Con­flict­ing Or­ders by Sebi Draw SAT Ire

The Economic Times - - Companies: Pursuit Of Profit -

Mum­bai: The Se­cu­ri­ties Ap­pel­late Tri­bunal took the cap­i­tal mar­ket reg­u­la­tor to task for pass­ing con­flict­ing or­der­son­sim­i­lar­se­cu­ri­ties­lawvi­o­la­tions. In an un­usu­ally strong re­buke totheSe­cu­ri­tiesandEx­changeBoard of In­dia (Sebi), the tri­bunal said the reg­u­la­tor was “blindly sup­port­ing” ad­ju­di­cat­ing of­fi­cers, terming its con­duct in a case as “dis­grace­ful.”

The Se­cu­ri­ties Ap­pel­late Tri­bunal (SAT) was hear­ing the case be­tween Sebi on the one side and Kr­ishna En­ter­prises and Rajesh Ser­vice Cen­tre on the other. The en­ti­ties had ap­pealed to SAT against Sebi fin­ing them ₹ 20 lakh on two se­cu­ri­ties law vi­o­la­tion­charge­seach.Thereg­u­la­tor had al­leged that the two en­ti­ties aided Ed­serveSoft­sys­tem­sin­si­phoningoff pro­ceeds from its ini­tial pub­lic of­fer, thereby caus­ing loss to share­hold­ers.

SATob­servedthatSe­bi­had­charged the en­ti­ties with two sep­a­rate vi­o­la­tions and ac­cord­ingly im­posed two sep­a­rate penal­ties in the or­der posted on its web­site on Fri­day.

Inan­oth­er­case—Ke­jasPar­mar­ver­sus Sebi — sim­i­lar to this one, the reg­u­la­tor had ap­plied pro­vi­sions re­lat­ing to two vi­o­la­tions to­gether and not separately. This led to the reg­u­la­tor im­pos­ing a com­mon penalty.

SAT was irked by Sebi’s lawyer say­ingth­atthereg­u­la­torstood­by­both­its de­ci­sions. “We are sur­prised by the at­ti­tude adopted by Sebi,” said the three-mem­ber SAT bench headed by Jus­tice JP De­vad­har.

Pass­ing con­flict­ing or­ders and de­fend­ing them doesn’t “pro­mote the de­vel­op­ment of the se­cu­ri­ties mar­ket,” it said.

“The con­duct of Sebi in sup­port­ing the or­ders passed by its ad­ju­di­cat­ing of­fi­cers which are mu­tu­ally con­tra­dic­tory in na­ture and give lever­age to the of­fi­cers to im­pose penalty as it suits them, clearly shows that Sebi is blindly sup­port­ing the or­ders passed by its of­fi­cers in spite of the fact that the said or­ders are detri­men­tal to the in­ter­ests of the se­cu­ri­ties mar­ket. Such a con­duct on par t of Sebi is dis­grace­ful to say the least,” the bench said.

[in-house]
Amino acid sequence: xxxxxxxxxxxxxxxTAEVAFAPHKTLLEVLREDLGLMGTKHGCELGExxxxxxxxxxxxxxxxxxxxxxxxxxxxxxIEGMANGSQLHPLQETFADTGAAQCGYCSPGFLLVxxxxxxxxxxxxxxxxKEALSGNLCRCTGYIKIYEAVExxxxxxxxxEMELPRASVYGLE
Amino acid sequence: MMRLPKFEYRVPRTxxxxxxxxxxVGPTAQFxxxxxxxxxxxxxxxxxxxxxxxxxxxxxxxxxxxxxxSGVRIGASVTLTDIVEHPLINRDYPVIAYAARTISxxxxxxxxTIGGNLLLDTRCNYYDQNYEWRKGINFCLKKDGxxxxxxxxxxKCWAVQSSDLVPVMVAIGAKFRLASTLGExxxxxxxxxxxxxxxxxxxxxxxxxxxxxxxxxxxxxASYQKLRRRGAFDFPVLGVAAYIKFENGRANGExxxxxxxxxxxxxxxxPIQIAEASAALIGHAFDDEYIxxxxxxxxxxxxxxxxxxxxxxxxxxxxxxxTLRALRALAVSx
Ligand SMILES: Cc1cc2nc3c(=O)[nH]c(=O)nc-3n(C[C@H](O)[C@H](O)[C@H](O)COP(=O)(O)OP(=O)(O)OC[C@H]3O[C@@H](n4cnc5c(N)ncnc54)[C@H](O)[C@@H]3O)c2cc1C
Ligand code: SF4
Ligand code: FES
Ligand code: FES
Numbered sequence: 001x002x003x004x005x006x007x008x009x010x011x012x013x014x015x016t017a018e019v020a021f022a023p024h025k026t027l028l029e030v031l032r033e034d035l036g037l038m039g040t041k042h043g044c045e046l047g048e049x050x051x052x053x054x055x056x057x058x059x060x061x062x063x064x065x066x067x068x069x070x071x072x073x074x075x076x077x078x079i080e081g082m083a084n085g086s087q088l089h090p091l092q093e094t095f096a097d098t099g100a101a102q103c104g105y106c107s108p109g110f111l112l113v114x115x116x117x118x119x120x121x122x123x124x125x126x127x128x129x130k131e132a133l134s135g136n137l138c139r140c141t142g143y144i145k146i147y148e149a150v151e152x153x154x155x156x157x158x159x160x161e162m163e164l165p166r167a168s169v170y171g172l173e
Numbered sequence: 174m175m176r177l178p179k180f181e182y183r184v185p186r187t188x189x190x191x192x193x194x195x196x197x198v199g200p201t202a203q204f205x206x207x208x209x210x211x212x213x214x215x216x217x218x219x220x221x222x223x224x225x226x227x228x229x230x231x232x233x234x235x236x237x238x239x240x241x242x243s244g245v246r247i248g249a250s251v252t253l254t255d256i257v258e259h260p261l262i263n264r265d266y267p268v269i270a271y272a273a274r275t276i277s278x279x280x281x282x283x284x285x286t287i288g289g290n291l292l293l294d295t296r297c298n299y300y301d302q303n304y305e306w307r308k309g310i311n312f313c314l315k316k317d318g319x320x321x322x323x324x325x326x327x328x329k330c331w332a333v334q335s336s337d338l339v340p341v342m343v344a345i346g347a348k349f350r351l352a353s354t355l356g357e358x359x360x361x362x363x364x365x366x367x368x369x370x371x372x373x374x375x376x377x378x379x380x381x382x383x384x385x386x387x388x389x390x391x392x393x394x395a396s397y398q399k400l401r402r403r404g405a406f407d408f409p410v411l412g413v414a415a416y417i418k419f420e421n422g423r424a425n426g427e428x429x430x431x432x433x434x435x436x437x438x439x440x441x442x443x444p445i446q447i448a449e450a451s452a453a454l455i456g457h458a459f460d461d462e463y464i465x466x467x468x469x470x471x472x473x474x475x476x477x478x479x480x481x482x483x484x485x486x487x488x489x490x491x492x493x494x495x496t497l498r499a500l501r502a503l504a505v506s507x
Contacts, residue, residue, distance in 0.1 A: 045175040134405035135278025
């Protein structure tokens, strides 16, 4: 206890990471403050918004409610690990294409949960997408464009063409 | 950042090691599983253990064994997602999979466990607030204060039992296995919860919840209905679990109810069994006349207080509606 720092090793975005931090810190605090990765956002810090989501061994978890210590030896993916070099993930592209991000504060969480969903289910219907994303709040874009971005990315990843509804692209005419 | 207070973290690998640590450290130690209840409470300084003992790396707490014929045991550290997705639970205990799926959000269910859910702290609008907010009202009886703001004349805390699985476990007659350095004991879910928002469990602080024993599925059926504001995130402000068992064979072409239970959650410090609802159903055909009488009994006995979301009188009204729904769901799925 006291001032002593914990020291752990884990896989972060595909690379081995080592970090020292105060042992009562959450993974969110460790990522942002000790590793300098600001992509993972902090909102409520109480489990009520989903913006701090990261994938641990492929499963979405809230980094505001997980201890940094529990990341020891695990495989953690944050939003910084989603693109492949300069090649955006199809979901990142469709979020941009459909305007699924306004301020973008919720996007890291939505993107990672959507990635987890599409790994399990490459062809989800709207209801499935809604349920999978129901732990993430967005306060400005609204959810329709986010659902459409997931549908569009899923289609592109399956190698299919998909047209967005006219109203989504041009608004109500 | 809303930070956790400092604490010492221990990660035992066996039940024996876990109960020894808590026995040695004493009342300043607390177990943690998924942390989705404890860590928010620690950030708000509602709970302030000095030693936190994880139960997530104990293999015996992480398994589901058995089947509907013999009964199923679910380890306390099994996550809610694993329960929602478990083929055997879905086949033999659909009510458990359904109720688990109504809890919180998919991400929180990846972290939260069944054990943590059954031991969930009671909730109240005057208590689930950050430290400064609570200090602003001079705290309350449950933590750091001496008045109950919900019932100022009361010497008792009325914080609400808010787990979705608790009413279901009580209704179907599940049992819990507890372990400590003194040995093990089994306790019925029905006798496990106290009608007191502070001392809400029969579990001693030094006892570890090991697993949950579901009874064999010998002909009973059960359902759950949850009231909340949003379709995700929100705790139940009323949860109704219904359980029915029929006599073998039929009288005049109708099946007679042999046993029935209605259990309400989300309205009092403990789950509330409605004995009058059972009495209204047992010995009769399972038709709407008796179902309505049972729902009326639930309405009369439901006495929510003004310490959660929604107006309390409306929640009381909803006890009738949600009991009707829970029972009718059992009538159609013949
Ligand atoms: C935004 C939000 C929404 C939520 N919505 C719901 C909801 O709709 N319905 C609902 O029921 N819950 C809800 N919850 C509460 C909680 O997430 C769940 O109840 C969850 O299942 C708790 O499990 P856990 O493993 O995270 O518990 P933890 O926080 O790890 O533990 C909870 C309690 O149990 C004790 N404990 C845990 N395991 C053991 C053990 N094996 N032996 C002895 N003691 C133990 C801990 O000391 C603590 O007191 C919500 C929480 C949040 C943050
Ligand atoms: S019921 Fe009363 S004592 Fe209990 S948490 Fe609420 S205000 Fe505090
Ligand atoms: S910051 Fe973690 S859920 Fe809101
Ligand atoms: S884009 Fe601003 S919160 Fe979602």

SAT quashed the reg­u­la­tor’s or­der and sent the case back to the ad­ju­di­cat­ing of­fi­cer.

Se­cu­ri­ties lawyers cited the rul­ing to call for a change in laws.

“A strong se­cu­ri­ties tri­bunal is the only counter bal­ance to a strong reg­u­la­tor like Sebi,” said Man­shoor Nazki of Luthra & Luthra Law Of­fices. “This re­cent or­der is an ex­am­ple of the very im­por­tant role that SAT has to play to en­sure that a reg­u­la­tor like Sebi is kept in check while pass­ing penalty or­ders.”

The en­tire mech­a­nism needs to be re­viewed so that ad­ju­di­cat­ing offic- ers pass or­ders that are con­sis­tent, said San­deep Parekh, founder, Fin­sec Law Ad­vi­sors and a for­mer Sebi ex­ec­u­tive di­rec­tor. “Sim­i­lar quan­tum of penalty should be im­posed for sim­i­lar of­fences,” said Parekh. “Ad­ju­di­cat­ing of­fi­cers are con­sid­ered in­de­pen­dent within Sebi and there is in fact no in­ter­fer­ence with their work­ing. It is this in­de­pen­dent work­ing which causes dif­fer­ent out­comes in dif­fer­ent places.” Bom­bay High Court ad­vo­cate Va­neesa Agrawal agreed. “With­out the in-house co­or­di­na­tion be­tween var­i­ous ad­ju­di­cat­ing of­fi­cers, th­ese is­sues are likely to con­tinue. How­ever, Sebi can make its pol­icy view com­monly known to all the ad­ju­di­cat­ing of­fi­cers to bring uni­for­mity in their or­ders. In that re­spect, SAT’s or­der is a good guid­ance.”

Pass­ing con­flict­ing or­ders and de­fend­ing them doesn’t “pro­mote the de­vel­op­ment of the se­cu­ri­ties mar­ket”, said SAT bench

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